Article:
hear that the undergraduates are more
and more important," said Mann. But
this is a time of scarce resources and
the few open slots are filledsby people
who can help in research, he said.
"I don't know anybody who has been
hired in the last five years who has un-
dergraduate teaching as their primary
concern," Mann added. "There's no
money to go with their talk. All the
money they have is being grabbed by
the research types."
"Departments don't get famous
nationwide for good undergraduate
teaching-they get famous for the
superstars."
Even if the researchers can be pulled
out of the labs and the libraries, they
may not all be top notch teachers.
"There are outstanding researcher

that you might have to make some
sacrifices for and give them mainly a
research appointment," said Kaplan.
Another problem the University may
face is finding professors interested in
teaching at lower levels instead of the
more stimulating junior, senior, and
graduate courses.
"It's not a question of research time
vs. class time," said Kaplan, but level
vs. level. "A third or so (of the faculty)
prefer not to teach elementary classes"
because they are less interesting.
Steiner's proposition of replacing
teaching assistants with professional lec-
turers, despite his distaste for a two-
class faculty, is certainly more
popular.
We need to get new teaching slots for
educators, said Konigsberg. "I think
that when it comes to teaching you need
a good feeling for the field and teachers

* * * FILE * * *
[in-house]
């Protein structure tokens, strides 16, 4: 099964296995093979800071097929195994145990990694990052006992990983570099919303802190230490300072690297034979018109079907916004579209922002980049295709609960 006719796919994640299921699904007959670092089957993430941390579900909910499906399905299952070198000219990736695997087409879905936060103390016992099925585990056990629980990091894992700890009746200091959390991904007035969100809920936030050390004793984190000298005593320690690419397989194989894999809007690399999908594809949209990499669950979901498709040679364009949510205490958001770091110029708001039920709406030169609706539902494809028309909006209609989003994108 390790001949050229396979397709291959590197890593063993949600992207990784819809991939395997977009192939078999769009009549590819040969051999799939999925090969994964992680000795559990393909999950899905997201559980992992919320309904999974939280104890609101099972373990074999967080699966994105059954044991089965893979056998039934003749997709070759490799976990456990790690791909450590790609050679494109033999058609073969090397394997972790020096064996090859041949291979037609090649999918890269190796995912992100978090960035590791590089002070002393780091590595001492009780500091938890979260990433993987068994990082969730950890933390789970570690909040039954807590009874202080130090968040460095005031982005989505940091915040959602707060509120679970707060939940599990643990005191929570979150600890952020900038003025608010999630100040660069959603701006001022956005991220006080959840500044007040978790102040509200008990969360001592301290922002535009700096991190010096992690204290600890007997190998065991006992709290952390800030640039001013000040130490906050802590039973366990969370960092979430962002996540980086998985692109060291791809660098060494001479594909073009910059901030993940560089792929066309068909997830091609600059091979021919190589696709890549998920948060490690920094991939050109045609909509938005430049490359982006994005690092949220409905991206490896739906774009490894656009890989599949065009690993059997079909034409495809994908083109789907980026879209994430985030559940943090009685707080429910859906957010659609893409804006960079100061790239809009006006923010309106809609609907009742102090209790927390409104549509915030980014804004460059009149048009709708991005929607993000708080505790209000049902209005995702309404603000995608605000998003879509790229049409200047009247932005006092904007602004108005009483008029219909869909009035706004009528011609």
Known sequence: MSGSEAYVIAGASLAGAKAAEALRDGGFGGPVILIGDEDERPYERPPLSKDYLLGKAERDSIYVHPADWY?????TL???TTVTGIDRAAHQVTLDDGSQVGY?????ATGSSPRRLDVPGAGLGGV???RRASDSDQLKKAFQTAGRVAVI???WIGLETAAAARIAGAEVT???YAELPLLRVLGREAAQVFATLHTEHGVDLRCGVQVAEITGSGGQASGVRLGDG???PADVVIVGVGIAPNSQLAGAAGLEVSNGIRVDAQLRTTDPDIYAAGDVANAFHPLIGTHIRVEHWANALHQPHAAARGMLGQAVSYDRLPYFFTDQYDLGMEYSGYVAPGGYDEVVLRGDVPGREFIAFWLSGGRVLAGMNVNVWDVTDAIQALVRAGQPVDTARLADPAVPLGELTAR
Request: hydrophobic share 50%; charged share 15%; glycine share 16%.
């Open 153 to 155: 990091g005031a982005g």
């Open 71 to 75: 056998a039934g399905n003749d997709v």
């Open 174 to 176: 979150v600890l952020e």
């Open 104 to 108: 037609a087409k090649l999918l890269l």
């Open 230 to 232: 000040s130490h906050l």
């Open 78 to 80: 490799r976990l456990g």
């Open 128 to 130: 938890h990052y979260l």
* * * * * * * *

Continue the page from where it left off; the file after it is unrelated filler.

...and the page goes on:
who are really interested in the lear-
ning process and teaching."
"We need some systematic hiring of a
teaching (professor)," said Mann. But
it's going to cost money, he notes.
A move to enhance the un-
dergraduate education should be
prompted from above, Kaplan said.
The Administration should "tell the
whole faculty (to be) interested in im-
proving the undergraduate
education-to have that is the main
thing and we have never received that
message."
That message may soon start to cir-
culate, if Steiner is serious about his bid
to improve undergraduate education.
If he is, faculty would rather see more
"teachers" than have teaching
assignments shuffled.
"We need to push it all the other way,
to people who would be solely
teachers," Konigsberg said. Such
people should be hired to update depar-
tmental curriculum, deal with students,
supervise TAs, and teach.
Give the position a good salary, make
it prestigious, and give equal credit for
teaching and research, and current
faculty will be interested in the
position, Konigsberg said confidently
Jackson is a Daily staff writer.

co
any bc
ExpirE
D

A

MON
NOC

Del Lords: adequate but uninspired

4 Weekend/Friday, March 8, 1985

Weekend/Friday,